It’s the most famous spell in literature. “Double, double, toil and trouble, fire burn, and cauldron bubble,” the three witches chant in “Macbeth,” before one announces: “By the pricking of my thumbs, something wicked this way comes.”
Enter Macbeth, with murder in his mind and violence in his heart.
But is his desire to kill the result of a fate over which he has no control? Or is it the product of his own lust and that of his wife, Lady Macbeth, who stiffens his spine when he shows doubts about getting his hands bloody?
Those two glosses have predominated in productions of the Shakespearean tragedy over the years. Director Jef Hall-Flavin marries both in an adaptation that opened Friday at Park Square Theatre.
You might call this a drive-through “Macbeth.” Already one of Shakespeare’s shortest plays, Hall-Flavin’s condensed version — aimed at high school audiences — takes just 90 minutes (not including intermission), with nine actors playing 24 characters.
While it has worthy elements, this “Macbeth” is muddled and wanting. We do get most of the great lines (“fair is foul, and foul is fair,” “screw your courage to the sticking place, and we’ll not fail”). But many are delivered like monologues at an audition, without sufficient context to convey the full richness of their meaning.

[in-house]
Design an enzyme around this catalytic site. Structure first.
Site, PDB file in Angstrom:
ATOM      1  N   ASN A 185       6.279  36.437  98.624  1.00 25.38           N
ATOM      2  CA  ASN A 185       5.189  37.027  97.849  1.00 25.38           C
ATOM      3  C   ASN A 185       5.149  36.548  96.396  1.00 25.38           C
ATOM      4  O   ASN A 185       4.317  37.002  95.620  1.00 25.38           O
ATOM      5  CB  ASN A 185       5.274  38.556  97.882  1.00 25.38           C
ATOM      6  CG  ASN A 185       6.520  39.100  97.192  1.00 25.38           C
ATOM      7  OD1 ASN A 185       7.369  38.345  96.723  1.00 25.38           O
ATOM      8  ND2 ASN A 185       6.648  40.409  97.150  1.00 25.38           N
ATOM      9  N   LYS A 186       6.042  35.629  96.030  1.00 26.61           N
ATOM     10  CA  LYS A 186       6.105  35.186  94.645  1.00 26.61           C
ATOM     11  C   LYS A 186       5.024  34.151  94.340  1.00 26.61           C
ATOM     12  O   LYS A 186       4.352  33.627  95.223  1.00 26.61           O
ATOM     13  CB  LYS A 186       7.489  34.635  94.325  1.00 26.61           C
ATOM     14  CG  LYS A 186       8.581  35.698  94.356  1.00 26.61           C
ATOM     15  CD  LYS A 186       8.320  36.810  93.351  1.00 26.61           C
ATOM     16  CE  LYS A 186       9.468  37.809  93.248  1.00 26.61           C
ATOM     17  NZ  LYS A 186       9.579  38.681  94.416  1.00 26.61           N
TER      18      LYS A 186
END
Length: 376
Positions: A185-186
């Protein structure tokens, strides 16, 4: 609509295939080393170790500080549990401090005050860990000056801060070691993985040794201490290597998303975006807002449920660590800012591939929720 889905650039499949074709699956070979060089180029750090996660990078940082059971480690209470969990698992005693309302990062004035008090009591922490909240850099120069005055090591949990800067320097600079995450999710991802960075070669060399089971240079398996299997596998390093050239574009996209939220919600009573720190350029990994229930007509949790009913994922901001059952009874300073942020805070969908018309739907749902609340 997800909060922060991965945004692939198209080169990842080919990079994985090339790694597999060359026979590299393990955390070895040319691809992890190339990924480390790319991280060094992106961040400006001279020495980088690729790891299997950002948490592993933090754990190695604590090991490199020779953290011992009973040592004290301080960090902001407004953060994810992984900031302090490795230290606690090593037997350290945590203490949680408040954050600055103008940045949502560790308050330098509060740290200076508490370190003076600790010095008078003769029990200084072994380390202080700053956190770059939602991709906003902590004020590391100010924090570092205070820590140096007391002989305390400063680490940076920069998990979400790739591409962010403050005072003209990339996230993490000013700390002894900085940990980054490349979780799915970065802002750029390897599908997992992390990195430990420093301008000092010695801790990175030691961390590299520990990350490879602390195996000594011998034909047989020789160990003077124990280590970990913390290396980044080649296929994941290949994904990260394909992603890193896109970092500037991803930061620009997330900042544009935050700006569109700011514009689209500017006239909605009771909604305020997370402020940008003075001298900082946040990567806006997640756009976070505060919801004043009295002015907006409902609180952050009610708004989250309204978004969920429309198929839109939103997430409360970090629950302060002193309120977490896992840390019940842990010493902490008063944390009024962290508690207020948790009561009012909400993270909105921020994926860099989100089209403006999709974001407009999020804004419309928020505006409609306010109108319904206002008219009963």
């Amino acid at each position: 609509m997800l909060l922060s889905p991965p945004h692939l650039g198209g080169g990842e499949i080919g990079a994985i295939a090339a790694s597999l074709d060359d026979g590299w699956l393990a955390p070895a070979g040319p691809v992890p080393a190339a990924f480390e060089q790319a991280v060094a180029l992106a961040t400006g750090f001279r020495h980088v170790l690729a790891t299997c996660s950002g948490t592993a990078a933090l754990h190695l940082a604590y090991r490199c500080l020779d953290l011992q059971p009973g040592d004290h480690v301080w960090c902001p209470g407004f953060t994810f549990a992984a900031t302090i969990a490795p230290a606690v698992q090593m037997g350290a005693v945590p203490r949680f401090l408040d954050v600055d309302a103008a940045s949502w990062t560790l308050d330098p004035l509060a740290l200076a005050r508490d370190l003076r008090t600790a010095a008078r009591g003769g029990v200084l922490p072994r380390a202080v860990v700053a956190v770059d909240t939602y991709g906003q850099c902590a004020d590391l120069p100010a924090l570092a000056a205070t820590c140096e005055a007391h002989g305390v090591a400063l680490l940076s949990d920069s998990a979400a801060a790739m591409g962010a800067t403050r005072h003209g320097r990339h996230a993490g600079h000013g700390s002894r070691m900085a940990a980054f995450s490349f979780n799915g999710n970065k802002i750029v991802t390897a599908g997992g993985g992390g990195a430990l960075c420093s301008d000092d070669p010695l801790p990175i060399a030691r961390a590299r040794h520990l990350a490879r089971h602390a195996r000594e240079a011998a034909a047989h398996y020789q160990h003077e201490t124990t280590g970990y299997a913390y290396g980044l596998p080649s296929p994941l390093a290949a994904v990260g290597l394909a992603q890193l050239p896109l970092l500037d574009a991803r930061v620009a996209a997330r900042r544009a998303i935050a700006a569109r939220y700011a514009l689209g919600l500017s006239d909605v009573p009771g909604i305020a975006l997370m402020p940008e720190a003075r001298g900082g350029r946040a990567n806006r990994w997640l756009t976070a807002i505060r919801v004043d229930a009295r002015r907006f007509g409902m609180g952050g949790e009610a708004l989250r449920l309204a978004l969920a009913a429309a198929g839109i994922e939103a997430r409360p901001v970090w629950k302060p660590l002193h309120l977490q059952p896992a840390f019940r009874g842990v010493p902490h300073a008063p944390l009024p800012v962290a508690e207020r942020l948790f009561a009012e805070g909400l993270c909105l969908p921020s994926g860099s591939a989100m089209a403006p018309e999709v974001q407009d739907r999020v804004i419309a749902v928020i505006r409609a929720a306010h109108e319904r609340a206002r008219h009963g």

We can’t wholly blame the actors for their uncertainty at times. There’s little in this staging to indicate where the action is occurring or which character is speaking. Joseph Stanley’s set is sparse, although a cracked mirror is used effectively for some magic. The play’s warring parties are color-coordinated in some cool costumes designed by Sarah Bahr.
Still, the cast is uneven. Michael Ooms imprints the title character with his own towering physicality, but Macbeth’s emotions and intellect are not always manifest.
Vanessa Wasche’s Lady Macbeth offers far more truth onstage. The character is a craven, clawing powerhouse who knows what she wants and is willing to do whatever it takes.
Actor Eric “Pogi” Sumangil gives Banquo an eeriness, especially as an apparition smiling while Macbeth, wracked by guilt, is shown up in front of his guests. And Laura Esping acquits herself well in a variety of roles, including Lady Macduff, a mother who, with her baby, falls tremulously under Macbeth’s rage.
There have been great productions of “Macbeth” over the years, including Orson Welles’ “Voodoo Macbeth” and Max Stafford-Clark’s indelible promenade production that toured to the Guthrie Lab in 2005. Hall-Flavin has less ambitious goals — and occasionally meets them.